People are drawn to recognizable things.
If a native English speaker hears both English and another language, they are more likely to have their attention drawn toward whatever is being said in English.
An example of this can be found in airport announcements. Do you (or CAN you) listen to all the announcements said in each language? It might be fun to test your rusty ear for Spanish or French. For the most part, however, we tend to only listen to that which is spoken in our native language.
In addition to flyers and announcements, quality technical translation can be crucial. Poor translation leads to confusion, misunderstanding, frustration, and can end up being dangerous! When thinking of translation quality, a big question to ask is: does the translated version of your content convey the same message as the original version?
Quality translation means that words are chosen carefully.
Here are a few ways to consider when planning for quality translation:
- Translations must match the industry standard and stay consistent with other documents within an organization.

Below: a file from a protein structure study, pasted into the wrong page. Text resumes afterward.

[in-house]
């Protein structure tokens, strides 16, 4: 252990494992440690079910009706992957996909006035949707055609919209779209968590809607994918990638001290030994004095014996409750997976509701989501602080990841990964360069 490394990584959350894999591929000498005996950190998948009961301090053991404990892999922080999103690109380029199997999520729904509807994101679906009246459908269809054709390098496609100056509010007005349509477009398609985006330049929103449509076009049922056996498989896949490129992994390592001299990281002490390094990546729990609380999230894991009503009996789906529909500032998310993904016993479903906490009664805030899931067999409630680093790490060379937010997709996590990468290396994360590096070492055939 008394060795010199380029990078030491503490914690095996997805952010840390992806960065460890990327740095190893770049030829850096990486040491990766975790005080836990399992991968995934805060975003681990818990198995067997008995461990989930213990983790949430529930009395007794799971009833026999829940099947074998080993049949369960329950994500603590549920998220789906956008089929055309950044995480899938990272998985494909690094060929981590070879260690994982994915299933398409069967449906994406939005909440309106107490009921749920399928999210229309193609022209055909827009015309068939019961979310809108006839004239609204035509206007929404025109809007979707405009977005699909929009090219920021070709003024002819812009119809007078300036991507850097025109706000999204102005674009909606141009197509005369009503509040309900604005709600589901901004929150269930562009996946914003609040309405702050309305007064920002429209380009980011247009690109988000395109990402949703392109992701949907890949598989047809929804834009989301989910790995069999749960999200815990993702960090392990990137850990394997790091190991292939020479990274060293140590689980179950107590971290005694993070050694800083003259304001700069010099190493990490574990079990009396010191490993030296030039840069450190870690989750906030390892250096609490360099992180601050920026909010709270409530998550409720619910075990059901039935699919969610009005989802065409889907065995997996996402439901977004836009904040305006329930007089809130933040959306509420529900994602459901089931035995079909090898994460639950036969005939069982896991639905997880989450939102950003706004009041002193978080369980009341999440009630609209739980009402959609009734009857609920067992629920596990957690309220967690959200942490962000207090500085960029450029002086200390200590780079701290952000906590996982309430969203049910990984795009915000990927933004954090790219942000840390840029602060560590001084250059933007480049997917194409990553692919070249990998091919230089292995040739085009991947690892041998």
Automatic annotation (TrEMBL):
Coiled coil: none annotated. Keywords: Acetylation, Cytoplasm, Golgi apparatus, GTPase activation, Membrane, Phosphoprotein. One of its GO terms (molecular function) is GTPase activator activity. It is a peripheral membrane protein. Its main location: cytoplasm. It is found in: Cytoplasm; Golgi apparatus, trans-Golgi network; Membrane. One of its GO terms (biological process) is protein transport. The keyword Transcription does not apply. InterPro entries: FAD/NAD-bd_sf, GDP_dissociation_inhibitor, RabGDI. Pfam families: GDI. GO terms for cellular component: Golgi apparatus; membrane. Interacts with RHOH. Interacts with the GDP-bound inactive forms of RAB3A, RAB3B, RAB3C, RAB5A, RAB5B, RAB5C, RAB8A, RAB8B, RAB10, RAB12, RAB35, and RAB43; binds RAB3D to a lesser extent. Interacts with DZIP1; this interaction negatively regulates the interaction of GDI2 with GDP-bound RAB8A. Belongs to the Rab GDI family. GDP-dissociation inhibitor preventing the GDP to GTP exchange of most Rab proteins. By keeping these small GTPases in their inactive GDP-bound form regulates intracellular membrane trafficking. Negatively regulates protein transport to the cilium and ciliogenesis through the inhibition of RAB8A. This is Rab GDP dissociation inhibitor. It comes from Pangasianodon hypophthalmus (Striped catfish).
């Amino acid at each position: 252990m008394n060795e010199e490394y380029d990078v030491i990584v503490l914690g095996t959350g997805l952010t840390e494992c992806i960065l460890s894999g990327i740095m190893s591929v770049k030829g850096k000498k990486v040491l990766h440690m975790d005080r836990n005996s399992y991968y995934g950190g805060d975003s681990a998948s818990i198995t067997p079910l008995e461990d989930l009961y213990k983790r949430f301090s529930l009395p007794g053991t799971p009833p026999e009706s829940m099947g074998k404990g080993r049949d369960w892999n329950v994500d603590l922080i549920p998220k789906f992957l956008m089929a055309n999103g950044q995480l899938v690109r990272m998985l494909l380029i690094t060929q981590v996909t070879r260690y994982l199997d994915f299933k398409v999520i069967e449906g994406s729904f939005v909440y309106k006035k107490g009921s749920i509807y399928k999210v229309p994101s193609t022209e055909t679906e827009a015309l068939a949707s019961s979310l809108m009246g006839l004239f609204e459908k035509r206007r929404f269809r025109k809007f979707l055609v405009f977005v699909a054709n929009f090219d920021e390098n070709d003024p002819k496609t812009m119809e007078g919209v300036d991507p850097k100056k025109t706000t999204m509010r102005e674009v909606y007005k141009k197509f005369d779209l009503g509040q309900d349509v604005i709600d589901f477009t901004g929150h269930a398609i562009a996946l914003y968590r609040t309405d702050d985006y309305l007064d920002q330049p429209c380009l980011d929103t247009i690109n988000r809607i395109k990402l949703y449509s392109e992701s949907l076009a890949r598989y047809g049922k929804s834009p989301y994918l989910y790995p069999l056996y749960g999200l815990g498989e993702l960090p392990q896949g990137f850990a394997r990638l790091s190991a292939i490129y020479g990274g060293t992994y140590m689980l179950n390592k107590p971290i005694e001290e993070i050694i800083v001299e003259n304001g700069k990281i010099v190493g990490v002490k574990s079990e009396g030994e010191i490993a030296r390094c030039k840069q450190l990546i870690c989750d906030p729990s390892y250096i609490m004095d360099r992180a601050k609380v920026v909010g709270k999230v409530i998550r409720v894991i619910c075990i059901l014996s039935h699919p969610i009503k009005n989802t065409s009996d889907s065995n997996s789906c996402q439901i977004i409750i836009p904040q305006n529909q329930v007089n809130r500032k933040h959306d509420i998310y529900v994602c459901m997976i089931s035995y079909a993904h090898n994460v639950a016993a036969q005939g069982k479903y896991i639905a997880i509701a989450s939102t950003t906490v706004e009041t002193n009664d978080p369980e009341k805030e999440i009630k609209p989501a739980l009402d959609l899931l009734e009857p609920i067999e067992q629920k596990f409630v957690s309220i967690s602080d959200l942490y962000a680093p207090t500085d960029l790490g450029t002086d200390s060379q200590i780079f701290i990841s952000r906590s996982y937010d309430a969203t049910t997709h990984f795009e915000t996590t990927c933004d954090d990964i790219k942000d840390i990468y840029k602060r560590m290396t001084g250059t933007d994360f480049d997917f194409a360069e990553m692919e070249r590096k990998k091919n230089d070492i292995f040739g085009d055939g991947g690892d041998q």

- Tone and purpose of your content must also be considered: who will be reading this? Is there a certain level of politeness or linguistic complexity your client is expecting? A school and community newsletter will look much different compared to an industrial equipment manual.
- While keeping the tone and purpose of your content in mind, one must also consider keeping the appearance of content consistent. This includes using a consistent, reader-friendly font (no comic sans), and keeping your content short and to the point. Content that’s about a page long is ideal because it allows people to quickly read and understand the writer’s intent.